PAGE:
Graham: I try to start every day with my own private Scripture reading and taking time to pray. Then every evening I try to do the same thing. When you travel sometimes your routine gets broken and it's not as easy to do so then you try to make up on the weekend. If you have a day with some extra hours then you want to read a little more and study a little more.

It is always a struggle when you are travelling.

On Sudan

What is the significance of the ambitious project to rebuild 600 churches in Sudan? Why Sudan when there are other countries where Christians are also persecuted and churches are also burned?

Graham: The world is a big place and sometimes God just puts you in a situation and you don't really know why. We (Samaritan's Purse) have been involved in Sudan for about 15 years.

This is an area in the world that the Muslims declared a holy war against the church of Jesus Christ and it was president al-Bashir who said that by the year 2000 he was going to annihilate the church in the south. It didn't happen. As a matter fact, it so much so didn't happen that he was forced to sign a peace agreement with the south and now there is a little bit of peace there.

We have found so far 500 churches that have been destroyed. When I say destroyed I mean brick by brick pulled down. Pastors were killed and pastors were crucified. At some churches the whole congregation was burned inside the church and people were scattered. They would also take a pastor's wife and his daughters and rape them in front of him.

All of this was done to make the church flee and run.

The five hundred churches that we have cataloged so far are only on the west side of the Nile River and we haven't even begun to look on the east side of the Nile. The Nile sort of splits the country in half so we think there is over 1,000 churches and I want to build every one of them back. Not 600 but I want to build 1,000 of them back.

The criteria for rebuilding a church is one that still has a congregation that is meeting out under trees or in the bush and the church has to have been destroyed during the war. If it hadn't been destroyed during the war then we are not going to build it back.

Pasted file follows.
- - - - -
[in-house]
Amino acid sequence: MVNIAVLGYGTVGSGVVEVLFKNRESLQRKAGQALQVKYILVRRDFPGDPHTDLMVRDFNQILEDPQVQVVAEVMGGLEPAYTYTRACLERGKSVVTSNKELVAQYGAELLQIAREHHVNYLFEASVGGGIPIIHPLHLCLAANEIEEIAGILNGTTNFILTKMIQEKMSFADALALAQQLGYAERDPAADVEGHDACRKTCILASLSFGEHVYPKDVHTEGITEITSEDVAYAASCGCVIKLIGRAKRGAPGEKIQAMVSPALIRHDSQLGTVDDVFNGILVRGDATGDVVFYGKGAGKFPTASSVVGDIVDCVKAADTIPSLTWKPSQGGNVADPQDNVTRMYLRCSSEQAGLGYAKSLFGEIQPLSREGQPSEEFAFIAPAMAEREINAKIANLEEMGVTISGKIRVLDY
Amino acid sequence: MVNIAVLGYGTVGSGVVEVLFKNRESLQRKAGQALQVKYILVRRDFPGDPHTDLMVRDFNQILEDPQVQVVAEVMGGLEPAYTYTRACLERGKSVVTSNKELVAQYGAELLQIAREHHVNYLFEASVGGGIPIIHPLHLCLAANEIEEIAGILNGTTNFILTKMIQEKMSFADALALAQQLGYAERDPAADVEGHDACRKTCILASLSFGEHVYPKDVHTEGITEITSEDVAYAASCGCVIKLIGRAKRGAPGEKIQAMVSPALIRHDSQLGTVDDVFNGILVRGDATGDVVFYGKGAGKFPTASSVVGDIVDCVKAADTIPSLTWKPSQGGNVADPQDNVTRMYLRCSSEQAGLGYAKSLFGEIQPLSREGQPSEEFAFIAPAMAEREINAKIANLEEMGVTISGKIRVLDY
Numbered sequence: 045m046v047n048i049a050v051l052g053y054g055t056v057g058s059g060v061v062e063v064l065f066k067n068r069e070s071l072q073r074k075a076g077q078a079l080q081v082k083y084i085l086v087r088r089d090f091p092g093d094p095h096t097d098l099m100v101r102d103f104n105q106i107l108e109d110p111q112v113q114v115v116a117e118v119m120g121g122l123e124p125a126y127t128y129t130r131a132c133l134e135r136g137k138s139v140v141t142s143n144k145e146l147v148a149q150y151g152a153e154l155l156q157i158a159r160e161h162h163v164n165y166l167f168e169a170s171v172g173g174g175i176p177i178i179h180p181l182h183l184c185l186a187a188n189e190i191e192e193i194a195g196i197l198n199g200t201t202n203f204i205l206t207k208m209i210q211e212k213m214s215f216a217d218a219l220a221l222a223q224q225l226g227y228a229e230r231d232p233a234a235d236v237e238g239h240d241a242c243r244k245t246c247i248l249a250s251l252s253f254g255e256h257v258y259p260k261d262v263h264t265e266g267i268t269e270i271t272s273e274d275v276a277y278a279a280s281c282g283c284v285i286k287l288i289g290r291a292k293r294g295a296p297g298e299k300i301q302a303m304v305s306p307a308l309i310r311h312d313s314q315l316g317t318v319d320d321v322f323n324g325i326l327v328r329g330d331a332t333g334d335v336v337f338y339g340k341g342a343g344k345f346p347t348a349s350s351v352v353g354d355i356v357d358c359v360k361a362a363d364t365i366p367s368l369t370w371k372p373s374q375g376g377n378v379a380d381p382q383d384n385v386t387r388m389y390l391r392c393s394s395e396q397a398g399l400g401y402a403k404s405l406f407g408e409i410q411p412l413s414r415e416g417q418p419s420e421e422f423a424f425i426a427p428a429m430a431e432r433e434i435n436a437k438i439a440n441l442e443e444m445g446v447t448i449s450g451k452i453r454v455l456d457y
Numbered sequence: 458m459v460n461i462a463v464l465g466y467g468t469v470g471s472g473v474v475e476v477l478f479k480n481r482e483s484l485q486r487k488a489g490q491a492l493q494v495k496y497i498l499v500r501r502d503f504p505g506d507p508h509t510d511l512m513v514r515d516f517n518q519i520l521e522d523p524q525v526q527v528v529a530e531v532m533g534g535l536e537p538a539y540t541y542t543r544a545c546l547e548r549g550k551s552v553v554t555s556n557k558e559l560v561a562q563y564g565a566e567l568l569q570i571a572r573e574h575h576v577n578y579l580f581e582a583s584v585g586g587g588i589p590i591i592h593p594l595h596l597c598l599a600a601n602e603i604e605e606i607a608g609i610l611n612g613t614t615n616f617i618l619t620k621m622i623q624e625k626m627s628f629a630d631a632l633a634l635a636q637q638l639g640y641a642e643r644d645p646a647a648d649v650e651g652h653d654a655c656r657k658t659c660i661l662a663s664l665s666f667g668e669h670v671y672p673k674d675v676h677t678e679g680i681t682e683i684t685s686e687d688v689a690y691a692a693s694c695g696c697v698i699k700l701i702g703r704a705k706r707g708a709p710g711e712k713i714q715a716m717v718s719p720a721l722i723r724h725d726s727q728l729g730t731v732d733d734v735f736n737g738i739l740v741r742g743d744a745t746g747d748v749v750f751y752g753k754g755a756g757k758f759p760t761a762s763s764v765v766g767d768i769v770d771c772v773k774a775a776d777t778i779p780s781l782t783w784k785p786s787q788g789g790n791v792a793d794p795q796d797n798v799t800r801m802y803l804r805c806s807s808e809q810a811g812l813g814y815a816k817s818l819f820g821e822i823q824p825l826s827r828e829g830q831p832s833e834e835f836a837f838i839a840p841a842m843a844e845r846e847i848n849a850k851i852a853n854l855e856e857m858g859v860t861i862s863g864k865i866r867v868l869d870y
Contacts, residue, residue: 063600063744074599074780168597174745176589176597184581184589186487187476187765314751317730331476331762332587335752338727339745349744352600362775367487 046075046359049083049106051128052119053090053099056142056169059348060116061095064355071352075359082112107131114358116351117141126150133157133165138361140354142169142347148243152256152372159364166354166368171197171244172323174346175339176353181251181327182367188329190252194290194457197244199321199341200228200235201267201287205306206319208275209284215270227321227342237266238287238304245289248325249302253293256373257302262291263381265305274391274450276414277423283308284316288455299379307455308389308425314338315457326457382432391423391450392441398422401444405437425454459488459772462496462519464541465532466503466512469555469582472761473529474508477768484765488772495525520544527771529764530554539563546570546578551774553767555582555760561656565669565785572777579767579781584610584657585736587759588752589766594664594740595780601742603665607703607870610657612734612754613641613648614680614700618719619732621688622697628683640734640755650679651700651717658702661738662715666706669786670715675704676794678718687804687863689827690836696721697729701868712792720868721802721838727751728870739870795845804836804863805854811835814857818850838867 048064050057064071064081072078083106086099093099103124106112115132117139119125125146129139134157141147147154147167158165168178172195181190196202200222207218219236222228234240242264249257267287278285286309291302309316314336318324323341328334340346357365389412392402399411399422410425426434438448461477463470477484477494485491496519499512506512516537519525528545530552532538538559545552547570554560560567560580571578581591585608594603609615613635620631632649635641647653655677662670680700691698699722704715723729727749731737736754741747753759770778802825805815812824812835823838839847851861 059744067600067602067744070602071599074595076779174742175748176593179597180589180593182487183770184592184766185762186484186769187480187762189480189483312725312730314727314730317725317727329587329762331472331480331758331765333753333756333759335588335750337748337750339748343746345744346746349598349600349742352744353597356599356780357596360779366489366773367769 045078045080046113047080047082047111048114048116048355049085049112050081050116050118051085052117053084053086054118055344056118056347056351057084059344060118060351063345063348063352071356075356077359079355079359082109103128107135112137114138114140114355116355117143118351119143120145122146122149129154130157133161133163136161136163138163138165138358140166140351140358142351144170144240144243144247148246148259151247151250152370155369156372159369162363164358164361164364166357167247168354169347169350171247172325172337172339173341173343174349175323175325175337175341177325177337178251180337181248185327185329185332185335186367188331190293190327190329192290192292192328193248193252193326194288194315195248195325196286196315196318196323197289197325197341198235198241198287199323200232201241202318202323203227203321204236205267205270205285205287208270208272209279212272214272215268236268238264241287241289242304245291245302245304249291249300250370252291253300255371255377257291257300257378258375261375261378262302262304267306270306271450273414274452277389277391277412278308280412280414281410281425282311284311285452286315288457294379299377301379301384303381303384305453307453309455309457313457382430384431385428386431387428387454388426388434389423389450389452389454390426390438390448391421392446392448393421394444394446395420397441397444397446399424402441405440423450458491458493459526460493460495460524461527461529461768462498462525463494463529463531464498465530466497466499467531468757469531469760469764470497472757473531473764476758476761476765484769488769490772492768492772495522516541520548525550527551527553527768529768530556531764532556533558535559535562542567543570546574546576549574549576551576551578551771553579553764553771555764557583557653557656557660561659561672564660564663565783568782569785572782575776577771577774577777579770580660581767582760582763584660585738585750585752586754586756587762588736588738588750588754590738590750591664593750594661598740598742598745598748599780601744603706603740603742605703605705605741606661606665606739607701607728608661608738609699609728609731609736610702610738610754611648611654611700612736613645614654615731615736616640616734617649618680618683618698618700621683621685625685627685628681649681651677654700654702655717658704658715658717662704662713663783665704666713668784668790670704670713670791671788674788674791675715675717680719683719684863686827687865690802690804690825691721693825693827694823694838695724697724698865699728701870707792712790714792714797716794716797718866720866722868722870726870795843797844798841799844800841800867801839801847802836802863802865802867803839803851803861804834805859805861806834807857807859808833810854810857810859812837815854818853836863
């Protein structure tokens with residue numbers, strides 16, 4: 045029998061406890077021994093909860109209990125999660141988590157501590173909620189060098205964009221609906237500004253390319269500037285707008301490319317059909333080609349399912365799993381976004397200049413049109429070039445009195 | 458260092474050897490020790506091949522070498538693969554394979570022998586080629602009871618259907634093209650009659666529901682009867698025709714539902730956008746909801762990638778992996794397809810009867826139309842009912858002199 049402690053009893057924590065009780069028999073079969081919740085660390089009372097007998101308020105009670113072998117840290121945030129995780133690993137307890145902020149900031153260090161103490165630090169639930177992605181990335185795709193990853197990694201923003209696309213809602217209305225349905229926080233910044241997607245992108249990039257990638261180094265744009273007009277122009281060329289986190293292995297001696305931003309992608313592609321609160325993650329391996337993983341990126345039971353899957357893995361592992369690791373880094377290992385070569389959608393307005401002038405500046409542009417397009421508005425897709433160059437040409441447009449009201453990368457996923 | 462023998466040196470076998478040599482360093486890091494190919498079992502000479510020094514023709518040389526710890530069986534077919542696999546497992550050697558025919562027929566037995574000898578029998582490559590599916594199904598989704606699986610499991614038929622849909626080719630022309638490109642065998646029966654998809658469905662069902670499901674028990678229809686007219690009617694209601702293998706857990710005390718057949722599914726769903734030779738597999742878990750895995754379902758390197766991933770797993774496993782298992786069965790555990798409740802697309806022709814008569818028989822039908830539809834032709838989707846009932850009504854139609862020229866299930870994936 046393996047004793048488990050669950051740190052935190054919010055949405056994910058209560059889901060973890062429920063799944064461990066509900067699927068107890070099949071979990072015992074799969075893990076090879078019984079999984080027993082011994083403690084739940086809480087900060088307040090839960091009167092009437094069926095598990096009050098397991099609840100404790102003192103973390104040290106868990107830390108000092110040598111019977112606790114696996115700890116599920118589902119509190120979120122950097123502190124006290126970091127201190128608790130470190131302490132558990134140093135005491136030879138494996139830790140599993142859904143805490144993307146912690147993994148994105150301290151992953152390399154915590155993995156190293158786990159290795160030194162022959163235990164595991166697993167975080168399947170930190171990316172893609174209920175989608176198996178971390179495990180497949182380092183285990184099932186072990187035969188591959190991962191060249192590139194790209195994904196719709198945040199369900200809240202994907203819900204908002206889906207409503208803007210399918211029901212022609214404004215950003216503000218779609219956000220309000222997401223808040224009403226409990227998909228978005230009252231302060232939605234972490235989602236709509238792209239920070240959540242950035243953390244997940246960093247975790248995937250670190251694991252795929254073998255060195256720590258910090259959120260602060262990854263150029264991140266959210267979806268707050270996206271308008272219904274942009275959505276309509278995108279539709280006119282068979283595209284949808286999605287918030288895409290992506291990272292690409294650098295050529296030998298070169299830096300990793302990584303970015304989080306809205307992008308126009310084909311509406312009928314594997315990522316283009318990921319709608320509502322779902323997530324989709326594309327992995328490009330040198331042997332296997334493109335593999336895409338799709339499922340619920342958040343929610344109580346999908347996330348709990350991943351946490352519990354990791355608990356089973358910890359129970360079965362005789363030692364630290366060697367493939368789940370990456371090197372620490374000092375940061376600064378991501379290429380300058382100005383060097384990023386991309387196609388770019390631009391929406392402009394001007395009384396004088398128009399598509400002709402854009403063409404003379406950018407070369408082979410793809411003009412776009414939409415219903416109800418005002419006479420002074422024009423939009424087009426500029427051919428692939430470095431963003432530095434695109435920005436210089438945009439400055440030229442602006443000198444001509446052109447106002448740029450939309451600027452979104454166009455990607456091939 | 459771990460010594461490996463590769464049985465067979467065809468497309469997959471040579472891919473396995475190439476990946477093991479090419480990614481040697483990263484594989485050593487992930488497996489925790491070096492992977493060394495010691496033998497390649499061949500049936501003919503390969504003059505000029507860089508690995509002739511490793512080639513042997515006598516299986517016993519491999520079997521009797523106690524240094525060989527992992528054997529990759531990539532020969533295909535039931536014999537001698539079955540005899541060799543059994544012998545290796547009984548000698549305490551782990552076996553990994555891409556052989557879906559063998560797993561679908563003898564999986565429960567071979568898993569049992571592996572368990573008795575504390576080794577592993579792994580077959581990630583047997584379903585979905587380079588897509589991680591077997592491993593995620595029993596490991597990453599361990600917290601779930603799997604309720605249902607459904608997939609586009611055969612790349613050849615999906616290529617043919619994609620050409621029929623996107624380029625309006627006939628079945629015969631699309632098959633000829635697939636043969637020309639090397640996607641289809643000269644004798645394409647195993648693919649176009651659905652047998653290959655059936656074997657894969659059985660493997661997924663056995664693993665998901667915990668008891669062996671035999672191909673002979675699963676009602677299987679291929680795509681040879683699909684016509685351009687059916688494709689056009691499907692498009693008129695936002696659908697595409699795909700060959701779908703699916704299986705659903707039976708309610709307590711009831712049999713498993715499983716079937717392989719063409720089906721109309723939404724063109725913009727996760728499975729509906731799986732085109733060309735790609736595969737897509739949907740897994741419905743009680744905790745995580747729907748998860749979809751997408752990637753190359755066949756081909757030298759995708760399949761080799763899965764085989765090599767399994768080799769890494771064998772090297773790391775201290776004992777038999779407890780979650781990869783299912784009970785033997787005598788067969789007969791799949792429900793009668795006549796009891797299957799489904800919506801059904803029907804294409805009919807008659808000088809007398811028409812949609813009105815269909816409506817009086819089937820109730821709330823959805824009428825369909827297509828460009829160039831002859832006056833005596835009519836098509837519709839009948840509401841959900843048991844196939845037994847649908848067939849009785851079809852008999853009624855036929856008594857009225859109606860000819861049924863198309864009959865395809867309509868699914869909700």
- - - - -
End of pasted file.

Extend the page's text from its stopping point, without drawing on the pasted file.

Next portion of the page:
What are some of the challenges and difficulties speaking to a non-Christian high official, such as President al-Bashir, in terms of your statement that you try to evangelise everyone you meet?

Graham: First of all, when I met him two years ago he said, 'I want to make you a Muslim.' So when I met him this time, he said that 'Last time we met, I said I wanted to make you a Muslim, and I still want to make you a Muslim.'

And I said, 'Mr. President I'm honored that you think I'm worthy.' But I said that I am a minister of the Gospel of the Lord Jesus Christ and I believe that Jesus is the way, the truth and the light and that there is no other way to God except through Jesus Christ.

So I make it very clear. I said that 'You try to destroy the churches in the south; you burned them, you pulled them down and I'm going to build every one of them back. With God's help I'm going to build them back and I want $15 million from you to go towards the building of these churches.'

I said 'I don't need your money; I don't need it. God will give me the money but you are responsible for this and I think your government ought to do something to try to rebuild these churches.'

He said 'Under the Koran, I am permitted to do it,' and he said 'I'll look into it.'